A craze for maize

 Paula Bianca Ferrer   |  
Maize ears from CIMMYT's collection, showing a wide variety of colors and shapes. CIMMYT’s germplasm bank contains about 28,000 unique samples of cultivated maize and its wild relatives. (Photo: Xochiquetzal Fonseca/CIMMYT)

Maize ears from CIMMYT’s collection, showing a wide variety of colors and shapes. CIMMYT’s germplasm bank contains about 28,000 unique samples of cultivated maize and its wild relatives. (Photo: Xochiquetzal Fonseca/CIMMYT)

Maize ears from CIMMYT’s collection, showing a wide variety of colors and shapes. CIMMYT’s germplasm bank contains about 28,000 unique samples of cultivated maize and its wild relatives. Photo: Xochiquetzal Fonseca/CIMMYT.

Unlike rice, which traditionally has been a staple food of many Bangladeshis, maize was mostly viewed as a minor crop until government initiatives and favorable market opportunities and conditions created a demand for it.

Before its independence in 1971, Bangladesh rarely cultivated maize, and, about 18 years ago, it did not have an established market. Thus, farmers were not interested in cultivating or in properly integrating maize with other traditional crops such as rice and wheat.

However, in the 1980s, the government began efforts to promote maize to local farmers to boost the country’s food supply. By the 1990s, demonstration plots were set up in farmers’ fields to increase awareness about the crop and expand its cultivation. Progress was slow, however, and, in the early 1990s, only a few farmers had adopted maize.

The lack of an existing market during that time was not the only dilemma. People also were not accustomed to mixing maize flour with wheat to make chapati, a round, flat unleavened bread and common household meal in Bangladesh. But, quite favorably, expansion of the poultry, fisheries, and livestock industries in the country brought with it previously unseen opportunities for maize.

Project staff members from all districts in Bangladesh observe an adaptive research trial on maize in a farmer's field in Comilla. (Photo: Wahidul Amin)

Project staff members from all districts in Bangladesh observe an adaptive research trial on maize in a farmer’s field in Comilla. (Photo: Wahidul Amin)

A feed market Initially, the demand for maize as feed was met by imports from Thailand, the United States, and India, among other countries. Soon, poultry farm owners turned to locally produced maize and the country imported only what it needed to fill the gap. As the industries grew, however, so did the demand and market for maize. Maize gradually comes out of rice and wheat’s shadows to offer its own set of benefits to farmers in Bangladesh Because of the growing poultry market, the area planted with maize increased to about 220,000 hectares in 2008 from 179,000 hectares in 2007 and 137,000 hectares in 2006. The country’s poultry industry provides a cheap source of protein and employs about 5 million people. Millions of households rely on this industry for their nutrition and for generating income.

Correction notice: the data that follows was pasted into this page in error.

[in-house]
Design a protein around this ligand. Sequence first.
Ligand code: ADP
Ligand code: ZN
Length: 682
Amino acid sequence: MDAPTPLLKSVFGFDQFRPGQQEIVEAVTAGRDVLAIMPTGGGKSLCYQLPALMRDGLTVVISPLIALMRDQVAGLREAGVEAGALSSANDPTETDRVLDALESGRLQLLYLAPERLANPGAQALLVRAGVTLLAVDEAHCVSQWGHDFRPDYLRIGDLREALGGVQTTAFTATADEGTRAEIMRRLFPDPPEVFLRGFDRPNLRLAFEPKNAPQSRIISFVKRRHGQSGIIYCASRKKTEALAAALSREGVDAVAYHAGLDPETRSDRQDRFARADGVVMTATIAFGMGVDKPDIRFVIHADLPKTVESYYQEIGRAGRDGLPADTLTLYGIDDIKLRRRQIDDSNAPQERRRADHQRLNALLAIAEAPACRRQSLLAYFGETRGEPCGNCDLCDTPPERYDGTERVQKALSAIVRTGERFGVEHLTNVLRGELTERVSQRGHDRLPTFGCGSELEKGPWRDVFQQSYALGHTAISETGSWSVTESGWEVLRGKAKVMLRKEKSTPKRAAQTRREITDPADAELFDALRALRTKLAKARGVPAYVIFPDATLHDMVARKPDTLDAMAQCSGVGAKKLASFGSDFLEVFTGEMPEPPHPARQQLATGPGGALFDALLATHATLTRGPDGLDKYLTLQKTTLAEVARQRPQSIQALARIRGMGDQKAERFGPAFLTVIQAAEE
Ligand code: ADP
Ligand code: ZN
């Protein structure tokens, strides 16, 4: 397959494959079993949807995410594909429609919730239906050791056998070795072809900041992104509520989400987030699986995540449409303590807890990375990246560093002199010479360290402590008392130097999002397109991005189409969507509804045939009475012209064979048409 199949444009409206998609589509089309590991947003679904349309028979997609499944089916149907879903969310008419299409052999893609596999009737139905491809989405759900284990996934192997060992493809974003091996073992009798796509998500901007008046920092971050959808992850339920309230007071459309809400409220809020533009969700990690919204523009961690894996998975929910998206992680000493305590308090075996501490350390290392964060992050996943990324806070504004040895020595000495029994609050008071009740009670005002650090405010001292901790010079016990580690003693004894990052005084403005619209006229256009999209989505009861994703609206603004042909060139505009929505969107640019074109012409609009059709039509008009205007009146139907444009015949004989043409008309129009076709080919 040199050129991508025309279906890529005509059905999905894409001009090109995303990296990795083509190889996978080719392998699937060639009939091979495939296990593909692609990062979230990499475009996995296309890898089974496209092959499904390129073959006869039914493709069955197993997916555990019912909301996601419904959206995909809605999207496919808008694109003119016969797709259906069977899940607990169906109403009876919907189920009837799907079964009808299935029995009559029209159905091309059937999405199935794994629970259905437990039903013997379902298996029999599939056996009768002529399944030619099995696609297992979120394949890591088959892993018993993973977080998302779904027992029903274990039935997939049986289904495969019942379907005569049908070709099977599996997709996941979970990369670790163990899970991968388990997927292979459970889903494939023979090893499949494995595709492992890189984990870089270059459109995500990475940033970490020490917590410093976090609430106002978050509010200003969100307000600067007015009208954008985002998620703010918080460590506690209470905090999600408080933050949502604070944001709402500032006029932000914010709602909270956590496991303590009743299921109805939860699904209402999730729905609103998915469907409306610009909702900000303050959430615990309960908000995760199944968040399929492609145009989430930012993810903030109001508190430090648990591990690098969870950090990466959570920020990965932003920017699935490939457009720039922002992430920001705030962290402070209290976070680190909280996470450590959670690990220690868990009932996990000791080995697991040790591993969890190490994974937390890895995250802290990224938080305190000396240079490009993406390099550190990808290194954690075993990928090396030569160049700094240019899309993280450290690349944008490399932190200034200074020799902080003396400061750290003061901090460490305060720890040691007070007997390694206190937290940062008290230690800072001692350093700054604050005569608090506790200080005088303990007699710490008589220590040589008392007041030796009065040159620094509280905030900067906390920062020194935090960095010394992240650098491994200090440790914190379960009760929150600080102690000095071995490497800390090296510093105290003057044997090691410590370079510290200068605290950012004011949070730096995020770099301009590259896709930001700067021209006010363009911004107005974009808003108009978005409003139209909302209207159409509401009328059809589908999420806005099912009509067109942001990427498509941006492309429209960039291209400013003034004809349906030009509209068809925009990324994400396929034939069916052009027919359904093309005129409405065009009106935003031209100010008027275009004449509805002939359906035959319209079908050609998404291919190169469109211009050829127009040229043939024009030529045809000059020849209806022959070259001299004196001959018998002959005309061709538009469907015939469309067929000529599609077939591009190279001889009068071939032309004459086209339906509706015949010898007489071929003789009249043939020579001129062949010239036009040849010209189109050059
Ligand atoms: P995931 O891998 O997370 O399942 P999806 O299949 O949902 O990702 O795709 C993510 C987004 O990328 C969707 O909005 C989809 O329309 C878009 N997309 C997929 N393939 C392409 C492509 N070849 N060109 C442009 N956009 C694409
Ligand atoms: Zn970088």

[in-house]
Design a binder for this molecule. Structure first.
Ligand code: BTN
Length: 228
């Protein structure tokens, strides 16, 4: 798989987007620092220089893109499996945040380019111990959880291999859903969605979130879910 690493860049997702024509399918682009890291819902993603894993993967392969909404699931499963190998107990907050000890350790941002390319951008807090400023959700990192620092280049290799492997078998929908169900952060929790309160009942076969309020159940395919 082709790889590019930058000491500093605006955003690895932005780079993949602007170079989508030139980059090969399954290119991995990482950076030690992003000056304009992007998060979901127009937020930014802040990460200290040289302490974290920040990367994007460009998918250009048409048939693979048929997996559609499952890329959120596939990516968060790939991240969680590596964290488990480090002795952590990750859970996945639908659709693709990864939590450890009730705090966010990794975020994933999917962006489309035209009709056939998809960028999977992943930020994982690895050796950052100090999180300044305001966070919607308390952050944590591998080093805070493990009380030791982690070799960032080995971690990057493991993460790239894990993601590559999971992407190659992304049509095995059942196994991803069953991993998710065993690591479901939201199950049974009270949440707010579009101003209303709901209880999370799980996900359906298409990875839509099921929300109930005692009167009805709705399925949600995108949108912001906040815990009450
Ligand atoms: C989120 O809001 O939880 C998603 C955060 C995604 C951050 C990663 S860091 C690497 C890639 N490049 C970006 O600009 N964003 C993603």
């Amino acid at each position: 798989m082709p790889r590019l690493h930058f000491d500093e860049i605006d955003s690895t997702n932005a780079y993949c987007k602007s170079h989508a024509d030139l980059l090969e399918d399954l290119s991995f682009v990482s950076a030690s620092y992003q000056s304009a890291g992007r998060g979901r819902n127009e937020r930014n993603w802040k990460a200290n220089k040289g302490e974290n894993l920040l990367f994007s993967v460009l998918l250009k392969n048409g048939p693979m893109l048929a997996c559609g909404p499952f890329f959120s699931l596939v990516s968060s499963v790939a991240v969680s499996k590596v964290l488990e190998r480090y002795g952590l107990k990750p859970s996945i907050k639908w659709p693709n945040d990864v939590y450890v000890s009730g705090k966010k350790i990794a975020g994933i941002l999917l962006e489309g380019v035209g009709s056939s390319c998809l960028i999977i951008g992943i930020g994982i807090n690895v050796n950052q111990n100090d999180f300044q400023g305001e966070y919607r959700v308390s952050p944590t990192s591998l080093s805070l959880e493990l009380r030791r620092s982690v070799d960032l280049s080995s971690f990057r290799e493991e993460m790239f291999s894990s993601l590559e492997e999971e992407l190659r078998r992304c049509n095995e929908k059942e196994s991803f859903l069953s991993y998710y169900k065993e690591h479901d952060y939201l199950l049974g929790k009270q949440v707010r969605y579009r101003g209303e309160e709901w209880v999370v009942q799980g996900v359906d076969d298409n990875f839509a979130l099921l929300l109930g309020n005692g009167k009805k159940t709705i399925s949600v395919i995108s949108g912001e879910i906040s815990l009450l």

In the last 2 decades, this industry has grown at about 20% per year. It is still expected to grow because, as the population continues to rise, so does its per capita consumption of chicken and eggs. This projected growth seems likely in the future given that the industry also does not seriously suffer from bird-flu outbreaks.

Aside from the poultry industry, the cattle and fish industries also have a demand for maize as feed. And, in some rural and urban areas, maize is mixed with wheat to make chapati. Moreover, maize has an extra value as farmers use its leaves and stems to feed their dairy cattle.

With bright market potential, the area planted with maize increased dramatically in the last few years. But, since these systems grew in significance only during the 2000s, concerns over their sustainability have emerged only recently.

Rice and maize have almost completely opposite requirements in terms of soil environment. Rice requires well-puddled clayey soil with high waterholding capacity. On the other hand, maize needs a loamy soil, which is well aerated and has good tilth. Working on the soil then becomes tricky for farmers who do not want to sacrifice rice but want to try maize so they can have an added market opportunity.

Other problems are the improper or low use of irrigation, imbalanced use of fertilizers, and the need for guided principles or technologies for sustainable management.

Sustainability is key

Training participants discuss their eperiences in using farm machines. (Photo: Saful Islam)

Training participants discuss their eperiences in using farm machines. (Photo: Saful Islam)

In 2008, the International Rice Research Institute (IRRI) started collaborating with the International Maize and Wheat Improvement Center (CIMMYT), and International Plant Nutrition Institute, as well as national partners such as the Bangladesh Agricultural Research Institute, Bangladesh Rice Research Institute, Bangladesh Academy of Rural Development, Bangladesh Rural Advancement Committee, and Rangpur- Dinajpur Rural Services on an initiative called the Sustainable Intensification of Rice-Maize Production Systems in Bangladesh.